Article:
• Magnolia tree compound in cancer treatment The fragrant Magnolia tree may hold a key to treating head and neck cancers. An active component from the tree has been used for centuries in traditional Chinese and Japanese medicine to treat anxiety and other conditions. But more recently scientists have been discovering the compound  - Honokiol – found in magnolia bark is an adversary of cancer. It ...
  • HerbFeast 2015 takes place in Co Carlow Foraging for herbs, exploring the language of plants and practical demonstrations of their use are all part of this year’s 4th annual HerbFeast. Forgotten European Herbs, Icelandic  Herbal Medicine and Appalachian Root Medicine will be discussed by speakers. Participants will also go on herb walks,  attend an Ayurvedic cookery class and a practical workshop to make herbal ...
  • Leaky pipes allow bugs into water system Just when you thought the Water saga couldn’t get any worse, it emerges that leaky pipes – of which we have many – allow contaminants to enter the water system. Viruses and bacteria from faeces are among the contaminants which can be “sucked into” the water system. Up to now it was believed that where a pipe ...
  • Moderate drinking is good for the heart Not all alcohol is bad, drinking in moderation can have heart benefits. Up to seven drinks a week in early to middle age has been associated with a 20pc cut in the risk for men developing heart failure and a 16pc reduction for women. Heart failure is where the heart can no longer pump blood around the ...
  • Beat diabetes with eggs Eating eggs reduces the risk of type 2 diabetes. Eggs have been found to improve glucose balance and have been linked to a lower risk of type 2 diabetes and lower blood glucose levels. Men in the study who ate four eggs a week had a 37pc lower risk of type 2 diabetes than those who only ...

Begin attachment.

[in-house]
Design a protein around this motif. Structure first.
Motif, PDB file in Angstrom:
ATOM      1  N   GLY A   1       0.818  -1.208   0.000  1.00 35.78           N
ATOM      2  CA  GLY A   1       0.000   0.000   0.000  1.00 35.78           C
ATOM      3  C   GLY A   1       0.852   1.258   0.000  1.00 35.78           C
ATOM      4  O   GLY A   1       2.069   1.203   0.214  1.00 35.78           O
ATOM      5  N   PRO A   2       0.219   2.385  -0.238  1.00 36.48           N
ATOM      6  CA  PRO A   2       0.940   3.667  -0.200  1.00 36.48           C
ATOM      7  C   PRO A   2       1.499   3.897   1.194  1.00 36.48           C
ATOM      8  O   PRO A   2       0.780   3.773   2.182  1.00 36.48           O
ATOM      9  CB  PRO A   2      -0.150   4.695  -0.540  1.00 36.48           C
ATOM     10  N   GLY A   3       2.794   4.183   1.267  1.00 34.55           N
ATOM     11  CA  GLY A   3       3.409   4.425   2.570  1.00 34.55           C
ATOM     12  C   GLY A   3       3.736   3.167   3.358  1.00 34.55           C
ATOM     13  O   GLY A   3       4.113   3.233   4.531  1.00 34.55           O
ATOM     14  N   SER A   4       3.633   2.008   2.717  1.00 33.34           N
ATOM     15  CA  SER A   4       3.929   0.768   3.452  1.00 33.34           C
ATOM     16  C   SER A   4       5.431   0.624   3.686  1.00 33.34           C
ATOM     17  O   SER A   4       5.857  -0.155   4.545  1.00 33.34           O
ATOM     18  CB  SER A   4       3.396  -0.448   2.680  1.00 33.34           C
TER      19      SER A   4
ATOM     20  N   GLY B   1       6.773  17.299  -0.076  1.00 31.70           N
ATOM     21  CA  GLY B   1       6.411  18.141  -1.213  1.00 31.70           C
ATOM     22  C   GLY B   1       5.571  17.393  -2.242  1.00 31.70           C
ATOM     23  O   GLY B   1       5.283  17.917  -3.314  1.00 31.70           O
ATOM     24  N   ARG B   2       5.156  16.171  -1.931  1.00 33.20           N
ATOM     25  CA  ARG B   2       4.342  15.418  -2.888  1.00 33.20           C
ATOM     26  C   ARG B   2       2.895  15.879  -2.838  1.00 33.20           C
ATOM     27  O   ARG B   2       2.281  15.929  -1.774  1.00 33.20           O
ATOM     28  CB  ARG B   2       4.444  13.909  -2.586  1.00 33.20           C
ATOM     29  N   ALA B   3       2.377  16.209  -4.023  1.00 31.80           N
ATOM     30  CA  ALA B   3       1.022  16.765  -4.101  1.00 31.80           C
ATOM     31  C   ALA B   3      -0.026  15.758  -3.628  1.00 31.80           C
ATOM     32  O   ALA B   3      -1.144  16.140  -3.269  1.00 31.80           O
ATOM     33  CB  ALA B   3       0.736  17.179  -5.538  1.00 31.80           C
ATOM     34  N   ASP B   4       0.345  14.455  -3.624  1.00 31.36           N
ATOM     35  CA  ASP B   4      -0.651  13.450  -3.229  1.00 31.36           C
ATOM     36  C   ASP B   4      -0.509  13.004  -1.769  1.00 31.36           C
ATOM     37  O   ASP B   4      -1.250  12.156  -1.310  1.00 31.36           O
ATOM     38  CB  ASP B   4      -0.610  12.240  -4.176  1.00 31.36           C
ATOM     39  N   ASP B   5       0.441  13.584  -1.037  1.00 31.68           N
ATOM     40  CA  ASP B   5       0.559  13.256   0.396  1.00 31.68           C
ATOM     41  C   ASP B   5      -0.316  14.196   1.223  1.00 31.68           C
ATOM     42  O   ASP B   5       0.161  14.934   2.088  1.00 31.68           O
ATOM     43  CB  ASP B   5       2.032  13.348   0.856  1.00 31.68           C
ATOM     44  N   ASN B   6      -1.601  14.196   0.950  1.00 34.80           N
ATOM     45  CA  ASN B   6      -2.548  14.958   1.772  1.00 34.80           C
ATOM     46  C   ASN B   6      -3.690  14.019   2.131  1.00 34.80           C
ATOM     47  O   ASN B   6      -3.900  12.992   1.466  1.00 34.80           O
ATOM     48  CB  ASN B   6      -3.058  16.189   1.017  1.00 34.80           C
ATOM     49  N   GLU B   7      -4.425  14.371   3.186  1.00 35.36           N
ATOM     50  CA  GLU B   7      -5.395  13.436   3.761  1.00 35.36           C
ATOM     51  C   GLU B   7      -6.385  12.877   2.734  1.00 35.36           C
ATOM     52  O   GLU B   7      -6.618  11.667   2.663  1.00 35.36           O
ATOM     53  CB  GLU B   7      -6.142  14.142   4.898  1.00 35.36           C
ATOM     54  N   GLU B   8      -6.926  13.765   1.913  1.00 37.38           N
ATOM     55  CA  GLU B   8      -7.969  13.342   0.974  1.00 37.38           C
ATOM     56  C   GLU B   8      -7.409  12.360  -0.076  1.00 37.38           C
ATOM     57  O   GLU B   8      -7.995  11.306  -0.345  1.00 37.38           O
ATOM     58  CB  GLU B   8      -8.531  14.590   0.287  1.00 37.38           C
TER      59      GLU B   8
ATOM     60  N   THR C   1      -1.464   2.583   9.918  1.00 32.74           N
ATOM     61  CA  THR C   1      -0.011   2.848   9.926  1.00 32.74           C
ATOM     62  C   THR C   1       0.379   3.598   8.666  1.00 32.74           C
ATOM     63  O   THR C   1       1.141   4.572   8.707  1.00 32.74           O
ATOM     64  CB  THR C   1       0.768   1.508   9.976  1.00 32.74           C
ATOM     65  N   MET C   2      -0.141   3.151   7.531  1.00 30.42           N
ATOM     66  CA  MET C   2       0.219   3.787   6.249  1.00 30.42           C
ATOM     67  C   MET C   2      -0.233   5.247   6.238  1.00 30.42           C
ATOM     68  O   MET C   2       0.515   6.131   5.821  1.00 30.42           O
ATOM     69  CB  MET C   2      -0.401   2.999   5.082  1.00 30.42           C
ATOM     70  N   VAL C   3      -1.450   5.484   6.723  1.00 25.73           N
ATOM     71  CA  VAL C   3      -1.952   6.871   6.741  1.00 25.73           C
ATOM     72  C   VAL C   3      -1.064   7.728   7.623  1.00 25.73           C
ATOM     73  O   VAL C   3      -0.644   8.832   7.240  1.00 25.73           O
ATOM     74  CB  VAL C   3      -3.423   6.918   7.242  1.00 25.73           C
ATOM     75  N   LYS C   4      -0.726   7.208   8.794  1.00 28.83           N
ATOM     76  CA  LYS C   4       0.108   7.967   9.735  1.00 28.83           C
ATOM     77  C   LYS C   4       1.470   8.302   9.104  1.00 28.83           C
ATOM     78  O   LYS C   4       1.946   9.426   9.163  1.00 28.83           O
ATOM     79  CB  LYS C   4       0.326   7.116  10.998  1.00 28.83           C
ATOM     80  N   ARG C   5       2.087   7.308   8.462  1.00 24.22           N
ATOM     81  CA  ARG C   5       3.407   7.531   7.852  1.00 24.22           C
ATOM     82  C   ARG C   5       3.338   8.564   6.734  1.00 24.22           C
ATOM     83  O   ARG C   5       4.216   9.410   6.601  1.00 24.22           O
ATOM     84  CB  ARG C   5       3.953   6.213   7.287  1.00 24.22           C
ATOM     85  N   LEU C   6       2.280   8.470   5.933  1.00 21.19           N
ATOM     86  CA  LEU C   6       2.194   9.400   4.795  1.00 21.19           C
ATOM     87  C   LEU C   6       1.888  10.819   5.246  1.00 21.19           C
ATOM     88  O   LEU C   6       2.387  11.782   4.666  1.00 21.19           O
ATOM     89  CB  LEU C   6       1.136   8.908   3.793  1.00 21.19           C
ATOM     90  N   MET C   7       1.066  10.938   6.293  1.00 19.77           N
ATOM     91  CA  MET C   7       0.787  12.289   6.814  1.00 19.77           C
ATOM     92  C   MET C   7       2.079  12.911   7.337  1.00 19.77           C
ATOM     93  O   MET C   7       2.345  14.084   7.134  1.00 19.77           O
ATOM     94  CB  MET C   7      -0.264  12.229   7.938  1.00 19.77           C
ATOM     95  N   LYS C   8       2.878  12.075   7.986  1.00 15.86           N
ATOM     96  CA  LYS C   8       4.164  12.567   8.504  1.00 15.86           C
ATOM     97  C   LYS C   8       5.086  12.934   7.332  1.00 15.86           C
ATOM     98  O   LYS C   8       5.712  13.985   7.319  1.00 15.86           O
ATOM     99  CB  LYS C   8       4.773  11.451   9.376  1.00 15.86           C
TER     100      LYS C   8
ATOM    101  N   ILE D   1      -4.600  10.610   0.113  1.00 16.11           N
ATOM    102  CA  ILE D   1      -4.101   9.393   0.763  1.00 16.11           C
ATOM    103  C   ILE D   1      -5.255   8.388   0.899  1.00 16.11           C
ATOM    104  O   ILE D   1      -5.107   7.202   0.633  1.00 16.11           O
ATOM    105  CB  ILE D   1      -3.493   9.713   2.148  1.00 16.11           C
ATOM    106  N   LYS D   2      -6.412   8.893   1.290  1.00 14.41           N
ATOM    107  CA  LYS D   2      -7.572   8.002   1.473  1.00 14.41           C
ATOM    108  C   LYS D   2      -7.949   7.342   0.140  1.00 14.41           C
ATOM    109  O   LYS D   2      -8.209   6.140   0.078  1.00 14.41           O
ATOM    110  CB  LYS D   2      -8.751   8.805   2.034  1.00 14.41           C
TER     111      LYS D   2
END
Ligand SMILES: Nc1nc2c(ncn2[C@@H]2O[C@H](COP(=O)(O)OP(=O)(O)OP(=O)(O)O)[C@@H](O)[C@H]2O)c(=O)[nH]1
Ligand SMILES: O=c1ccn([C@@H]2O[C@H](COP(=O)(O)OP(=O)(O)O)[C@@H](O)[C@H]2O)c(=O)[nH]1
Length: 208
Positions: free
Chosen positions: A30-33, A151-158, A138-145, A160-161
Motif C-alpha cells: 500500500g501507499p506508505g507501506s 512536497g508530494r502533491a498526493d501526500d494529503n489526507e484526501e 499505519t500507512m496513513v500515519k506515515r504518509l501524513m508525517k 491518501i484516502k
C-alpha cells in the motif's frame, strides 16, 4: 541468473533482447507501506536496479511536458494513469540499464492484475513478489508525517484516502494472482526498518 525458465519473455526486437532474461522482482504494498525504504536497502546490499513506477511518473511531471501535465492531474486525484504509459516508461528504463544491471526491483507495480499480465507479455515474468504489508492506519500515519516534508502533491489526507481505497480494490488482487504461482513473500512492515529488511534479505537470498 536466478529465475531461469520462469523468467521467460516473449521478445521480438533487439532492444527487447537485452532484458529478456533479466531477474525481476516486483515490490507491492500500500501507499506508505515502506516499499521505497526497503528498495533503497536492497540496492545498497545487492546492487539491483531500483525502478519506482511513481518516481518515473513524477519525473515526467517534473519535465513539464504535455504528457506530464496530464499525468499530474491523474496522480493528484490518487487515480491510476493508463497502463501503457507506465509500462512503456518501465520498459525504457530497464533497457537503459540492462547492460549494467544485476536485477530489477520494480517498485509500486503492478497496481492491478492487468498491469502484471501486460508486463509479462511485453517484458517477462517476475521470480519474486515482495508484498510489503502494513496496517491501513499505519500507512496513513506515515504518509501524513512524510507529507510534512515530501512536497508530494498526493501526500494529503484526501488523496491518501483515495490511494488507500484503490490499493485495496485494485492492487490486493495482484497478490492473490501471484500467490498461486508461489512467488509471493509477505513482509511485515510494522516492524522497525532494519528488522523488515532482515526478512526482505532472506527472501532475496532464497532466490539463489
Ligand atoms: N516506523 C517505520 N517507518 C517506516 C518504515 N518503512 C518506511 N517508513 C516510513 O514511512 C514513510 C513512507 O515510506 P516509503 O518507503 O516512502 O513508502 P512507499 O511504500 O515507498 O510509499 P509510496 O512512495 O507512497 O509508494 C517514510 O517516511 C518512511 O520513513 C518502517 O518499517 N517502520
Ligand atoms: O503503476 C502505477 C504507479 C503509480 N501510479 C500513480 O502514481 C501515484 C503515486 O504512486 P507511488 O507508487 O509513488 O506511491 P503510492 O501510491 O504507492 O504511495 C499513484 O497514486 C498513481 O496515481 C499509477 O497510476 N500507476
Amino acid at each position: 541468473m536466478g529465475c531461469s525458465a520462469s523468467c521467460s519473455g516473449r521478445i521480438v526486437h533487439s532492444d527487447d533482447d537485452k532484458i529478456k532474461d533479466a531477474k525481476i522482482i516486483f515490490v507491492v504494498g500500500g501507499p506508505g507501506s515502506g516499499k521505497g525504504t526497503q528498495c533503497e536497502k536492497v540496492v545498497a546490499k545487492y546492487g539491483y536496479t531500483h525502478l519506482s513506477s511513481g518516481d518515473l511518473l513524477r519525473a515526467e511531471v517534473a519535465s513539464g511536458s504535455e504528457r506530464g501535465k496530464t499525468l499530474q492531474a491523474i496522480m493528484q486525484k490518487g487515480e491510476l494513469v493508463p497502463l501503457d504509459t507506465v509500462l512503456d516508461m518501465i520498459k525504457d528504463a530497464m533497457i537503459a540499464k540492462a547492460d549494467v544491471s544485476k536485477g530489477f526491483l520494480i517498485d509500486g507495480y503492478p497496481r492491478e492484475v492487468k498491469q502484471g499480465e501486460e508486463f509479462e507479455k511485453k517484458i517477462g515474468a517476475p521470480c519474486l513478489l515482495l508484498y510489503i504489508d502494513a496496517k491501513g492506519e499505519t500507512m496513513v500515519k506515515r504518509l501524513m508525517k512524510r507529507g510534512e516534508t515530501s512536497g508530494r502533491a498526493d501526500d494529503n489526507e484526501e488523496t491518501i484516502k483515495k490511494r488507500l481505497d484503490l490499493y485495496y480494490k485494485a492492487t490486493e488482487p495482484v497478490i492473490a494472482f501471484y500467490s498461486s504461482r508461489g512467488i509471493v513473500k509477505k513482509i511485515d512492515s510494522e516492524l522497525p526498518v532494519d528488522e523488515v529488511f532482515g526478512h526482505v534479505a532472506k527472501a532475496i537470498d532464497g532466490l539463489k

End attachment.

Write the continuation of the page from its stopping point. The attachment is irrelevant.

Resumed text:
• Drinking affects sleep quality Drinking alcohol to get asleep is a double edged experience. While it may get you off to sleep more quickly, it is also associated with sleep disruption later in the night. The alcohol initially acts as a sedative but “the take-home message here is that alcohol is not actually a particularly good sleep aid even though it ...
  • Pomegranates and dates fight heart disease Pomegranate juice and a handful of sticky dates every day are a winning combination in the fight against heart disease. Just half a glass of the red pomegranate juice with the dates is enough. Researchers at the Technion –Israel Institute of Technology, led by Prof Michael Aviram have discovered that the combination provides maximum protection against atherosclerosis ...
  • Huff, puff and sweat for your life Working up a  sweat could save your life. It doesn’t matter whether or not you are overweight, have a heart condition or diabetes,  exercising to the point where you puff and sweat is the key to avoiding an early death. A large study of middle aged and older adults  over more than six years compared people who ...
  • Junk food in pregnancy leads to lifelong cravings Eating junk food late in pregnancy or during adolescence are critical times in development, most likely to set life long cravings for the high fat, high sugar food. Scientists have identified these two crucial  windows when exposure to junk food is most harmful, particularly for girls. They found that mothers who eat junk food late in pregnancy ...